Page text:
- Architectural Digest names Cape Missouri's prettiest city (7/19/18)1
- Meat cutter's obit stokes interest, laughter (7/20/18)2
- Business Notebook: Millersville Pit Stop opening Friday; newly rebuilt convenience store to feature favorites (7/16/18)
- Farewell to a First Lady (7/17/18)4
- Cape drops charge against carGO (7/18/18)9
- Support worker freedom by voting 'yes' on Prop A (7/14/18)
- At 80, Jane Stacy is still her father's daughter (7/21/18)
- Wiggans resigns; Bristow named interim superintendent at Meadow Heights (7/18/18)
- Shipyard Music Festival aims to be 'destination event for Cape' (7/21/18)3
- Taste of home in Bollinger County (7/19/18)
Army Corps revokes some restrictions on wetlands
WASHINGTON -- Developers no longer will have to restore or create new wetlands for every acre they drain or fill under new regulations issued by the Bush administration Monday.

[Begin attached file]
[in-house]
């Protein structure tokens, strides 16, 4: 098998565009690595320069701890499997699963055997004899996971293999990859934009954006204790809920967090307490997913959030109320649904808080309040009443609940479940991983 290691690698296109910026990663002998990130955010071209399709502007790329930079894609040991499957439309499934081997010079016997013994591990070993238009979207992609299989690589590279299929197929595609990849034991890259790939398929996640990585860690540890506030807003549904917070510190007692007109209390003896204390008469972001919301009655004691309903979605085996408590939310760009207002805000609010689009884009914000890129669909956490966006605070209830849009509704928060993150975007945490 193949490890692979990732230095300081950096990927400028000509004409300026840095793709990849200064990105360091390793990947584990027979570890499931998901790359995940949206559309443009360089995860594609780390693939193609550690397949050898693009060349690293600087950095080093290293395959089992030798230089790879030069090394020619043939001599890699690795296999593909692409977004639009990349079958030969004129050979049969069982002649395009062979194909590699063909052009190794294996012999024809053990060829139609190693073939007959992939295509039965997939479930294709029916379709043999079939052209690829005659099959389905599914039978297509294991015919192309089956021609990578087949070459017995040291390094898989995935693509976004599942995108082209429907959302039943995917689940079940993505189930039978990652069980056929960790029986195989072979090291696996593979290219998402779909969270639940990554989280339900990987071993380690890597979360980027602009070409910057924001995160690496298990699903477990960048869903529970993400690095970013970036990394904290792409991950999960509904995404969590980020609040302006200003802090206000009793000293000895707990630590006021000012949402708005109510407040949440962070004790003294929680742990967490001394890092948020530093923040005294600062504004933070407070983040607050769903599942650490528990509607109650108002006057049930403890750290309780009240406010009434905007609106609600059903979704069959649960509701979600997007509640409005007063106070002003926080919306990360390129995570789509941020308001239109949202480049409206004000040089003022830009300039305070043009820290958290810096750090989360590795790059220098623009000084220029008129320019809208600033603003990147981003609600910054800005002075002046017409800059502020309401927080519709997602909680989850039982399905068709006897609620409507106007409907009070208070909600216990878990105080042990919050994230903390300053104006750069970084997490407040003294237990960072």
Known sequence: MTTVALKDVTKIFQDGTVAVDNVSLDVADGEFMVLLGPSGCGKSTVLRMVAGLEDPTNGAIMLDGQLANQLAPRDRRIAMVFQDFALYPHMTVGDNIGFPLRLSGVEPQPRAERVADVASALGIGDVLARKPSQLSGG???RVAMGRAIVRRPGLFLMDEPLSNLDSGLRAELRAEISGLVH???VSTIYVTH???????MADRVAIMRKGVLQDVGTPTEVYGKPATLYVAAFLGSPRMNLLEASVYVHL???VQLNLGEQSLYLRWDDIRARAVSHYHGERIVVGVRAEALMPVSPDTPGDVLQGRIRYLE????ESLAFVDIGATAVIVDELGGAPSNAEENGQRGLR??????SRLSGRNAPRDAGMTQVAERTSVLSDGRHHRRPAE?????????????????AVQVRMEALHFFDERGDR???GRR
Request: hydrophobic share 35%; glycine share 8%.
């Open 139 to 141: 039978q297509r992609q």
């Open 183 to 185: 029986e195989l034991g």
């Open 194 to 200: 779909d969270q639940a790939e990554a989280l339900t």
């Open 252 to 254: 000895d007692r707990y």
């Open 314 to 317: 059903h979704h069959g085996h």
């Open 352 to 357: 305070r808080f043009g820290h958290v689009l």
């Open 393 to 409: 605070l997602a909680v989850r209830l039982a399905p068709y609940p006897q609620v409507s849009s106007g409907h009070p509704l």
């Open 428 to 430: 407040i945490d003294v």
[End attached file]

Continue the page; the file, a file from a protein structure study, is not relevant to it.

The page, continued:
The new Army Corps of Engineers rules, which revoke some Clinton-era requirements, also will enable developers to win speedy approval for draining and filling permits under the Clean Air Act if the effect on streams or marshes is minimal.
Instead of requiring acre-for-acre restoration on each project, the new regulations require only that there be "no net loss" of wetlands in any of the Corps' 38 districts, which are established on the basis of watersheds rather than state boundaries.
John Studt, chief of the Corps' regulatory branch, said the new permit requirements "will do a better job of protecting aquatic ecosystems while simplifying some administrative burdens for the regulated public."
Left in place was a Clinton-era requirement that developers get a permit for any project involving more than a half-acre of wetlands. Until 2000, developers had to get government approval only if more than three acres of wetlands were affected.
The Fish and Wildlife Service complained in an Oct. 15 memo the ecological effects of the changes had not been assessed adequately. The agency said it "does not believe the Corps has sufficient scientific basis to claim" that the new, expedited permits will "cause only minimal impact on the nation's natural resources."